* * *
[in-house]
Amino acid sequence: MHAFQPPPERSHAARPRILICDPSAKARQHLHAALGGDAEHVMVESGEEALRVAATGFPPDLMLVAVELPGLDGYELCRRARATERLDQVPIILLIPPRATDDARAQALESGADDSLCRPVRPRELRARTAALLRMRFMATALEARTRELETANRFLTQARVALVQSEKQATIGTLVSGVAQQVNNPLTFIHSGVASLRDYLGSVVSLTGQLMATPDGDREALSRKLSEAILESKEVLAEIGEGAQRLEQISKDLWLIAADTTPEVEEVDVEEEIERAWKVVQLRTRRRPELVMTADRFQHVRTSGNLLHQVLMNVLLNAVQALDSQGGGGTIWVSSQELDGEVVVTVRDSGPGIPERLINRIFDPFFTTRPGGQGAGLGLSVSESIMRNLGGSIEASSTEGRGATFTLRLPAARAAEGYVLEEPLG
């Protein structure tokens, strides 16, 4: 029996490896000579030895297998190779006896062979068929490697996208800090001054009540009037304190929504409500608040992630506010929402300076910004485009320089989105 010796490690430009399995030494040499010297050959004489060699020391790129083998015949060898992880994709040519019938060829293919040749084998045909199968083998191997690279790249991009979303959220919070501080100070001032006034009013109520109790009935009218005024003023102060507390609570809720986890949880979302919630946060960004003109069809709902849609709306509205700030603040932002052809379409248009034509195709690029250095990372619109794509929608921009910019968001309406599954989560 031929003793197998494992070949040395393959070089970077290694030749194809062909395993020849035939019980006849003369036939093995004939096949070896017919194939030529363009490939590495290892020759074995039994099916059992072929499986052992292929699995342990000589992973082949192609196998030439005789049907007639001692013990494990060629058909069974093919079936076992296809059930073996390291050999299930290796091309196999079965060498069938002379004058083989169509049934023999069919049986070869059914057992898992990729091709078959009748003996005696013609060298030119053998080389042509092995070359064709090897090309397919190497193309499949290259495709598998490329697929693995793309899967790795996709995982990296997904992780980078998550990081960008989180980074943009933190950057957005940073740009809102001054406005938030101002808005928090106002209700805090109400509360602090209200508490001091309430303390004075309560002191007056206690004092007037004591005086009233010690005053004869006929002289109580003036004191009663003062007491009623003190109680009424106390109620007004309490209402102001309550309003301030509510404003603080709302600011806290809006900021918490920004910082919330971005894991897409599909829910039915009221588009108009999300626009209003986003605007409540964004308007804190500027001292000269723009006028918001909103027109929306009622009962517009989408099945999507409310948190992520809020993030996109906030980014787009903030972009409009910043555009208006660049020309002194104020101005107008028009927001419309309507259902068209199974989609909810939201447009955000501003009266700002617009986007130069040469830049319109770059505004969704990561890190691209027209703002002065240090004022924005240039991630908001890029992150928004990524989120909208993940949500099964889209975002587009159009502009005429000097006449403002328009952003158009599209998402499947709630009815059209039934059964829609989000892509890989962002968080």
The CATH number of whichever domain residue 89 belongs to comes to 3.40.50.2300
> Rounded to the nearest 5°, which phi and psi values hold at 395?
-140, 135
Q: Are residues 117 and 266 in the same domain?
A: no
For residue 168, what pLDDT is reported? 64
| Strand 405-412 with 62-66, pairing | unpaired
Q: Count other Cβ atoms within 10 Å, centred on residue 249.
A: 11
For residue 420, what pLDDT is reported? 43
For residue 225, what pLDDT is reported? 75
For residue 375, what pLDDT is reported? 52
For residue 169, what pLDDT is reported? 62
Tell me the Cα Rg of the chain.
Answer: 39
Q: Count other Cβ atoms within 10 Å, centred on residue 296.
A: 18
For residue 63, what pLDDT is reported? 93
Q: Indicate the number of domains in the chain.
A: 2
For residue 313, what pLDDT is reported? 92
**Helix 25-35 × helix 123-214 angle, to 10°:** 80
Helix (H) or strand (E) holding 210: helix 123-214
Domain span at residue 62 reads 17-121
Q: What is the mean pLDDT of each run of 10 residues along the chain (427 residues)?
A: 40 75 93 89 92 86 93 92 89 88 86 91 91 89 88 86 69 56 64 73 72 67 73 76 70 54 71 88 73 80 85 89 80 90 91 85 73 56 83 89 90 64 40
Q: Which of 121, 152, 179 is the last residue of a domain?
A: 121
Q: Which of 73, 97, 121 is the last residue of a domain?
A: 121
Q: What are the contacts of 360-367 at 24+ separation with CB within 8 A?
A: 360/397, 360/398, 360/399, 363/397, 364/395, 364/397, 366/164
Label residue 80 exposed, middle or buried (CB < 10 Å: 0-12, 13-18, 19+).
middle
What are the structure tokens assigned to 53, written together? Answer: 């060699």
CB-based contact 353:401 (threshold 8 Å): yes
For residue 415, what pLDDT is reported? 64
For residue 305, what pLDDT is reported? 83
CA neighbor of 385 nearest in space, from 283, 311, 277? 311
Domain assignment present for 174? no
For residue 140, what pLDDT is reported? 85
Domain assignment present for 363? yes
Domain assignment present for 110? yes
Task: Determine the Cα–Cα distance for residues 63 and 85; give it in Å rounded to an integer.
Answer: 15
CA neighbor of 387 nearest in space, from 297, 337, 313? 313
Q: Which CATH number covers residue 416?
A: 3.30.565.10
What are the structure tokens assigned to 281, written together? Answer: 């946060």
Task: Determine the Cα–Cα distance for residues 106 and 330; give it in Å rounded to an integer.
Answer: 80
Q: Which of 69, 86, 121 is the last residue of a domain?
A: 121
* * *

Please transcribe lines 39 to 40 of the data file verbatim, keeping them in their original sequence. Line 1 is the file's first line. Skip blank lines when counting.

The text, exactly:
CB-based contact 353:401 (threshold 8 Å): yes
For residue 415, what pLDDT is reported? 64